Information appearing below is subject to revision until the first lecture. Some additional information, particularly on the use of CoCalc, will be given in the first lecture; CoCalc also provides a tutorial for students.
Thank you to Kiran Kedlaya and Peter Wear, who have taught this course in several forms since 2017. Much of the material appearing below (and throughout the course) will be derived from their course materials and plans. One may find various past versions of the course by Googling ''Math 157 UCSD.''
Course description: Math 157 is an introduction to mathematical computation and the use of mathematical software. This course will introduce students to a broad but coherent collection of open-source software tools, and to diverse examples of their use in mathematical study and research. The course will be taught in a hands-on fashion, and will encourage student experimentation. Lectures will consist of interactive demonstrations, while assignments will combine conceptual questions with hands on problem solving. We will make extensive use of the Python programming language, the Jupyter notebook system, and the SageMath computer algebra system; however, no prior exposure to these tools will be assumed.
This course is based on the cloud computing platform CoCalc. More details on how CoCalc is to be used will be given in the first lecture. There will be no use of either TritonEd or Canvas for this course. In order to follow along with the course (and complete homework assignments) students will need ready access to an internet connection and some form of computer, tablet, etc. The technology does not have to be fancy, as all computations will be cloud based. In particular, no software has to be downloaded or installed.
Although Math 157 has been taught in some form since 2017, it remains highly experimental in both its use of new technology and the approach to pedagogy. This is especially true during the time of COVID. In addition to the final course evaluations, there will be several opportunities to submit feedback during the course; please take advantage of this!
Note on Concurrent Enrollment/Public Viewing: This class is open for concurrent enrollment. Email me if you would like to do this. Additionally, due to the virtual nature of this class it will be ostensibly possible to follow along throughout the quarter, even if you are not officially enrolled in the course (no guarantees!). If you are interested in doing this, email me.
Instructor: Tom Grubb, tgrubb [at] ucsd [etcetera].
Lectures: Lectures will occur on Mondays, Wednesdays, and Fridays from 4:00 - 4:50 PM Pacific Time. They will be hosted on the Zoom room 96121091451. Lectures will also be recorded and made available for asynchronous viewing on Canvas.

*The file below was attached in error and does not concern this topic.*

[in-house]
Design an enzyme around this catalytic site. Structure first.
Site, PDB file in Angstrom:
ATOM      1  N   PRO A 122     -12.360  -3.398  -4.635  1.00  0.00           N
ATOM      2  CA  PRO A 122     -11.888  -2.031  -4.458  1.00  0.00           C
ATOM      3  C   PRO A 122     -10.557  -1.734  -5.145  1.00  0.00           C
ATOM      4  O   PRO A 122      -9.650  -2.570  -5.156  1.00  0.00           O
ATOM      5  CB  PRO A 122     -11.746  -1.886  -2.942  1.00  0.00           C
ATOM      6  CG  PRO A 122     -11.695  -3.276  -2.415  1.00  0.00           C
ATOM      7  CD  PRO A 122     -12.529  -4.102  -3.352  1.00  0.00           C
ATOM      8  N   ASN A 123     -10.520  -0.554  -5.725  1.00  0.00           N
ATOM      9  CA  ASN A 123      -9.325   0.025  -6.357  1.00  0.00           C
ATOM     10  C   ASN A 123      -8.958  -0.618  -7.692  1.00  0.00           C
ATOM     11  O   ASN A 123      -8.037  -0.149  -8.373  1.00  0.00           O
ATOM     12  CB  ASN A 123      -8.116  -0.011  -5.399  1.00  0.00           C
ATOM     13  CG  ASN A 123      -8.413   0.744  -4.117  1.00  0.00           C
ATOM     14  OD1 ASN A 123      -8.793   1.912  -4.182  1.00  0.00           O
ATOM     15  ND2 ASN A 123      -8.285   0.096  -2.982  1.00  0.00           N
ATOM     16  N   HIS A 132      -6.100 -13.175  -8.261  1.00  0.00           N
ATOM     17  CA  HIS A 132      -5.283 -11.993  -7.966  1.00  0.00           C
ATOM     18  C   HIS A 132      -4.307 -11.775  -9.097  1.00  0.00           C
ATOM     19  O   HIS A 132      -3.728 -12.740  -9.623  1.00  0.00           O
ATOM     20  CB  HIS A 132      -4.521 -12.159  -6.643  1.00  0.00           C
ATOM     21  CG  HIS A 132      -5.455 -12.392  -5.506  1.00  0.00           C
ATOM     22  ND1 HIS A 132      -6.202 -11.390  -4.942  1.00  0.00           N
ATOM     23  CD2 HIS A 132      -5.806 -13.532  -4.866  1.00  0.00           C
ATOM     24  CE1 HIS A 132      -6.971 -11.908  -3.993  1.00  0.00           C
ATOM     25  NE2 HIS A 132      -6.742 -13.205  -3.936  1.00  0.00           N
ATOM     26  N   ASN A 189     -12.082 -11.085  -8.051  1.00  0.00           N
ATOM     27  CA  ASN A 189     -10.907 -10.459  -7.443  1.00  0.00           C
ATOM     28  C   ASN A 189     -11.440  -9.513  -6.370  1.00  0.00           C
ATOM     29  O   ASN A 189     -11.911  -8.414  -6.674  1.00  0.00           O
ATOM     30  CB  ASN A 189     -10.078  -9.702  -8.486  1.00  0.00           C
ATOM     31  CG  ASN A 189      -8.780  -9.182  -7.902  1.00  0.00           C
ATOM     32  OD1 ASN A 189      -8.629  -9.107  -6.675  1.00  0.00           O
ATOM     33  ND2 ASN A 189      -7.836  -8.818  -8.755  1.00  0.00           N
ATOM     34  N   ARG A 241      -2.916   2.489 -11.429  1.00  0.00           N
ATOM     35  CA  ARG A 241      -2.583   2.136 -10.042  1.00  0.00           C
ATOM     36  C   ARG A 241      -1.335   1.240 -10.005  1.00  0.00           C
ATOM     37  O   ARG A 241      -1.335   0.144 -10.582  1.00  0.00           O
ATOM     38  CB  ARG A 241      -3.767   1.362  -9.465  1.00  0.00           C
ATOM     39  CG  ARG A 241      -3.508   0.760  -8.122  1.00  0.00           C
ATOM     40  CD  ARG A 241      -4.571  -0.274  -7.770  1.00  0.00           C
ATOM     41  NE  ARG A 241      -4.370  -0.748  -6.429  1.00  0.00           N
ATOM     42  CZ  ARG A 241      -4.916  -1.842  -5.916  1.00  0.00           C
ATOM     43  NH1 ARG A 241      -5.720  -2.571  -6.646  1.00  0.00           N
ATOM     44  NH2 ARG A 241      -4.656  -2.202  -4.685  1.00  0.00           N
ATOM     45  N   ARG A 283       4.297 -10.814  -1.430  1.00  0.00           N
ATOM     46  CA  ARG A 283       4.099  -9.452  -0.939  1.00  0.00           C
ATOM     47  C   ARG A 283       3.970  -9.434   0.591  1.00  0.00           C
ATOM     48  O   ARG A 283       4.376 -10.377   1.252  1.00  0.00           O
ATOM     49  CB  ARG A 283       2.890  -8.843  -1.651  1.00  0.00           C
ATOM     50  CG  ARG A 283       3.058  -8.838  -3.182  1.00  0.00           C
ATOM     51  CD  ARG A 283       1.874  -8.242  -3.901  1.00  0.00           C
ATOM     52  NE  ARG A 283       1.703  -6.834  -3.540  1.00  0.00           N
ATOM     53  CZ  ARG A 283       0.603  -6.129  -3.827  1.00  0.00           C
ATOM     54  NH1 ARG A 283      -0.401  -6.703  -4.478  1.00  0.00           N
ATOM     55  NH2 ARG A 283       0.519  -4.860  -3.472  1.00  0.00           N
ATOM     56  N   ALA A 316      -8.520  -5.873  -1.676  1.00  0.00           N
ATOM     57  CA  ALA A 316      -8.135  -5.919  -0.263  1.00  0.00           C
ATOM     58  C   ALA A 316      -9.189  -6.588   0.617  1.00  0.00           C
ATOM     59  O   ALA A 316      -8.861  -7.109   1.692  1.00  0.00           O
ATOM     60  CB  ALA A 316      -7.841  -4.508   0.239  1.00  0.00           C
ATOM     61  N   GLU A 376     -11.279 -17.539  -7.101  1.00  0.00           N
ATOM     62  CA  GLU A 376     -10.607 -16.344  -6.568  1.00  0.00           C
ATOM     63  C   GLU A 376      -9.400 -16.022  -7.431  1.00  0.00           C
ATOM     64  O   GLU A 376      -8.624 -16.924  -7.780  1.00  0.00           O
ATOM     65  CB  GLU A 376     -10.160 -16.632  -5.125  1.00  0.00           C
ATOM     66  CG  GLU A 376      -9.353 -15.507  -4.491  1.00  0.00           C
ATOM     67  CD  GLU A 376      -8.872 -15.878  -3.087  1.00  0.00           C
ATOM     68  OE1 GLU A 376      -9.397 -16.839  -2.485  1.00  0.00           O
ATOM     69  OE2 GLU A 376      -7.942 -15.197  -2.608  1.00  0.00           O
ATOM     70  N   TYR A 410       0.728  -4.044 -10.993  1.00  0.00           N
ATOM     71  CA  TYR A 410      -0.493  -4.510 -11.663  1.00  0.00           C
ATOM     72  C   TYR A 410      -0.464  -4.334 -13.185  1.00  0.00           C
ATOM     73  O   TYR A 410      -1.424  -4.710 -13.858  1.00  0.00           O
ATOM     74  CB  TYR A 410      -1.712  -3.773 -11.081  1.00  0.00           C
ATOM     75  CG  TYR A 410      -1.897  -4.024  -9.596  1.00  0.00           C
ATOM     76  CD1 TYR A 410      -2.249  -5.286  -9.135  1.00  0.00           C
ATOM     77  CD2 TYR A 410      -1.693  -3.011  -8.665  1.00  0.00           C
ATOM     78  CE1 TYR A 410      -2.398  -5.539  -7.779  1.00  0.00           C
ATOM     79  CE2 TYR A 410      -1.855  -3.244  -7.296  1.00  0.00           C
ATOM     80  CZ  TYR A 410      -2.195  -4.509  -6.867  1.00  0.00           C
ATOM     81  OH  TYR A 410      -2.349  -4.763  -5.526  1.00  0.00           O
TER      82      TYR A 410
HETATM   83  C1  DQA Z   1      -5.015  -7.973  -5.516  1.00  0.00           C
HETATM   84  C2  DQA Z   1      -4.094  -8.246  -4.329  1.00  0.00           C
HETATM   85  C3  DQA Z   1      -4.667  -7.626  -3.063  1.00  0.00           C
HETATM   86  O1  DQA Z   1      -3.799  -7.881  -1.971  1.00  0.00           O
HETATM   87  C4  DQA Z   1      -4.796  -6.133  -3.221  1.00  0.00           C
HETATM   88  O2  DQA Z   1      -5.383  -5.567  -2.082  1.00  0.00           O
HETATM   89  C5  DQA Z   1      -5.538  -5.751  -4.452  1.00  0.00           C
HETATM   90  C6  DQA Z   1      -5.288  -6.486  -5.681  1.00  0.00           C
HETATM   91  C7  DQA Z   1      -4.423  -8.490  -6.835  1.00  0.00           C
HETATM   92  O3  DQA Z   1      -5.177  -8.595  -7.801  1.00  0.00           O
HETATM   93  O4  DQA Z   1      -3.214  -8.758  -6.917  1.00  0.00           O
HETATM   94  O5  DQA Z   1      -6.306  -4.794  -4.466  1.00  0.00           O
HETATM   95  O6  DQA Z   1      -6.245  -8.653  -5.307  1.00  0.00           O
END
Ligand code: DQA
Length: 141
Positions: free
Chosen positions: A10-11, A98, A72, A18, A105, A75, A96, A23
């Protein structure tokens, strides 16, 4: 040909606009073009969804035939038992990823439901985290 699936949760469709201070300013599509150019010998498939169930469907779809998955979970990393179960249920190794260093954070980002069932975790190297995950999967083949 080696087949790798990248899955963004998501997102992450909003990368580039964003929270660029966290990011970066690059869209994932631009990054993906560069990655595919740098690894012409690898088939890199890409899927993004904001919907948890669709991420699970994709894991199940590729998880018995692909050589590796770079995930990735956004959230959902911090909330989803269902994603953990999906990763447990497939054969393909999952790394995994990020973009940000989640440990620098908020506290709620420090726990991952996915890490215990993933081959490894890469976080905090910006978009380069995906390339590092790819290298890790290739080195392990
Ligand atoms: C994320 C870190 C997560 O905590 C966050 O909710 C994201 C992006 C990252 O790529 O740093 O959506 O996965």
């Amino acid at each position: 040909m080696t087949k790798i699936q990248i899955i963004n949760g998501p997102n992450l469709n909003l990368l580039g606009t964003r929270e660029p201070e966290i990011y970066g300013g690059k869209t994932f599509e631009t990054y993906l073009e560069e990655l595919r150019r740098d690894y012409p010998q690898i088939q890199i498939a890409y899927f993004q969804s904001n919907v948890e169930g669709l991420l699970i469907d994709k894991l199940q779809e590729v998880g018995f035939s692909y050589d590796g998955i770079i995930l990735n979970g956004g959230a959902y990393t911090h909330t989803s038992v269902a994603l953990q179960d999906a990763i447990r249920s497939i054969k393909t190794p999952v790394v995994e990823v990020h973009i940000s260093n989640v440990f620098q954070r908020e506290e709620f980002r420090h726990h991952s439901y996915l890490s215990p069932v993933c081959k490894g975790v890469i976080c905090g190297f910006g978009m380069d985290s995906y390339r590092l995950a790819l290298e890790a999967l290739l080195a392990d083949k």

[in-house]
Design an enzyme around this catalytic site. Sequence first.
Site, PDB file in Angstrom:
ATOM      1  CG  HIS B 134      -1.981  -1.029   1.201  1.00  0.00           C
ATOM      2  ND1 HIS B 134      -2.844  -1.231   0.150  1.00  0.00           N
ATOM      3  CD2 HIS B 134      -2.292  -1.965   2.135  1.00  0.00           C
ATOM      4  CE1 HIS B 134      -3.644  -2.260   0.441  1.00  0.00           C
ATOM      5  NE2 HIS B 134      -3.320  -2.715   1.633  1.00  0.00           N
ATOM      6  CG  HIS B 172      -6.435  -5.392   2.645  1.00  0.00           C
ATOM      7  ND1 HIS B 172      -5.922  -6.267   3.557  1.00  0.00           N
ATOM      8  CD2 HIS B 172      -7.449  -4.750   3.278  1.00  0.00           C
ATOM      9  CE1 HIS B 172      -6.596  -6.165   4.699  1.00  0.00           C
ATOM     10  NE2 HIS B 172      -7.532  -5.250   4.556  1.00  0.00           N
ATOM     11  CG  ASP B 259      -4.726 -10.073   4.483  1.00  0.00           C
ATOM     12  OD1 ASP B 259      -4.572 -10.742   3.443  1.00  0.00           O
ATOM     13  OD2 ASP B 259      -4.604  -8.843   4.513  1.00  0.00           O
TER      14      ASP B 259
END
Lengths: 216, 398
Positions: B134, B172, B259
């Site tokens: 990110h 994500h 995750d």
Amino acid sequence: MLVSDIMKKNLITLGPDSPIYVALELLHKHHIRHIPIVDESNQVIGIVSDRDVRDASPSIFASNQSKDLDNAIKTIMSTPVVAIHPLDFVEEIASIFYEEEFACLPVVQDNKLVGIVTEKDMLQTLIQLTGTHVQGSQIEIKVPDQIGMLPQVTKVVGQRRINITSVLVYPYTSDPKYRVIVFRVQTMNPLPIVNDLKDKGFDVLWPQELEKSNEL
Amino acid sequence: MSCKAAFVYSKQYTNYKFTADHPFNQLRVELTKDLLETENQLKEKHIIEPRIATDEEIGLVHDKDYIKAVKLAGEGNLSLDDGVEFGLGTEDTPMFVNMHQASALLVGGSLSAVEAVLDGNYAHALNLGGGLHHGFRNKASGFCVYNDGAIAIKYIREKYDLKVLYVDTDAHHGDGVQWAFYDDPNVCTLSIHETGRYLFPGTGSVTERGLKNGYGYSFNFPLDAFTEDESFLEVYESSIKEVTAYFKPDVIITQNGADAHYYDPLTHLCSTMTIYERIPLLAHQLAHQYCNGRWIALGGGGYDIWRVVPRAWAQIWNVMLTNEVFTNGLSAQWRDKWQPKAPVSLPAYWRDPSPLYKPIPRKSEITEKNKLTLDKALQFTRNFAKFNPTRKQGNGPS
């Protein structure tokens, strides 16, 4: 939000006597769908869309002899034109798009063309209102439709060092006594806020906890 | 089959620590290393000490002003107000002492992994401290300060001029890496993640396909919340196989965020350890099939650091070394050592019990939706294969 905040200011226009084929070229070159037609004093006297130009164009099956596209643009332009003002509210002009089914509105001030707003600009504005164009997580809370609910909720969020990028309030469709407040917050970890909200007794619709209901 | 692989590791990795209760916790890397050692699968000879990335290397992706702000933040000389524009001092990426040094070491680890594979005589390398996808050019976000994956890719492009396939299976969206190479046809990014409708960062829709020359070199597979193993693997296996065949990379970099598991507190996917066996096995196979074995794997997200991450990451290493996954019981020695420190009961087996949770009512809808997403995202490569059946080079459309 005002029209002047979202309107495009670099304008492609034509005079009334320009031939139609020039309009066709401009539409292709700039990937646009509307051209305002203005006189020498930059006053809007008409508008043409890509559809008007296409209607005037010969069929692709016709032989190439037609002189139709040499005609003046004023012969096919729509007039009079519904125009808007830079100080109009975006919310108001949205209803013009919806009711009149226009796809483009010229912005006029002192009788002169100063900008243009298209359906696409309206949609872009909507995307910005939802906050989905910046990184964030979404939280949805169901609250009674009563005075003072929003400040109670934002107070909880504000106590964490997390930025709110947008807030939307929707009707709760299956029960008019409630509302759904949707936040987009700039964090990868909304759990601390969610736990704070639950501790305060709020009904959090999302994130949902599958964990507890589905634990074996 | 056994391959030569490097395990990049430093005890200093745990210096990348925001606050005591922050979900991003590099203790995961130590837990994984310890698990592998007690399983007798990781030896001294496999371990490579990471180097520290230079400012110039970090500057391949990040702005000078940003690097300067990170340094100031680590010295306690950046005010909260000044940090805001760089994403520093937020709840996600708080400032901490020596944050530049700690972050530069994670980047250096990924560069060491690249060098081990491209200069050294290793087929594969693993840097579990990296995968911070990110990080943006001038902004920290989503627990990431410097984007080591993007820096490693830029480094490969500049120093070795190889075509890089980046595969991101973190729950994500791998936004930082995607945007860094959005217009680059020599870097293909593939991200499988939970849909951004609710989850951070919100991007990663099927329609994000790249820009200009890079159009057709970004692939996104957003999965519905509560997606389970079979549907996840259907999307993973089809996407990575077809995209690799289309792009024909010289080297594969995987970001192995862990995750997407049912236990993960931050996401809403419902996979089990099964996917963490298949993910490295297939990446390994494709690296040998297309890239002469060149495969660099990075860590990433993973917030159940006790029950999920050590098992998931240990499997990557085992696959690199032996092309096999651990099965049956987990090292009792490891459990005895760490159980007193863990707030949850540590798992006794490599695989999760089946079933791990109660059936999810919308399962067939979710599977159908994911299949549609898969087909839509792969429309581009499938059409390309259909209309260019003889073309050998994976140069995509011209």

Discussion sections: Sections run on Tuesdays. Feel free to attend the one that is most convenient for your schedule.
Textbook: None. In lieu of purchasing a textbook, students will need to create a free account on CoCalc in order to complete and submit assignments. (It is not necessary to pay for an upgraded account; equivalent functionality will be provided to enrolled students.) If you do not use your official UCSD email address to create the account, please provide the instructor with the address you used in order to gain access to the course materials.
Homework: Weekly problem sets, due Thursdays at 8pm (one each due during Weeks 2-9). All assignments will be assigned, completed, submitted, evaluated, and returned using CoCalc; the process will be explained in the first lecture.
Quizzes: There will be two "take home" quizzes that will occur on January 25th and February 22nd. The quizzes will work as follows: at any point during a specified 24 hour period, you may choose to start the quizzes. Once you start the quiz, you will have ~1 hour to complete the questions. These will be "open-book" (in a sense to be made explicit) but must be completed individually. The time limit for this process is readily enforcible via Cocalc's "Time Travel" functionality.
Final exam: None. Instead, there will be an open-ended final project due during finals week (TENTATIVELY March 18). Details about this will be given no later than the beginning of Week 9.
For the conversion of raw scores into letter grades, the following minima are guaranteed:
Accommodations: No accommodations are available for homework assignments since two of them will be dropped (see above). Accommodations for the exam or final project will be made only in cases mandated by university policies.
Tentative Topics Calendar:
Some adjustments may be made as the term progresses.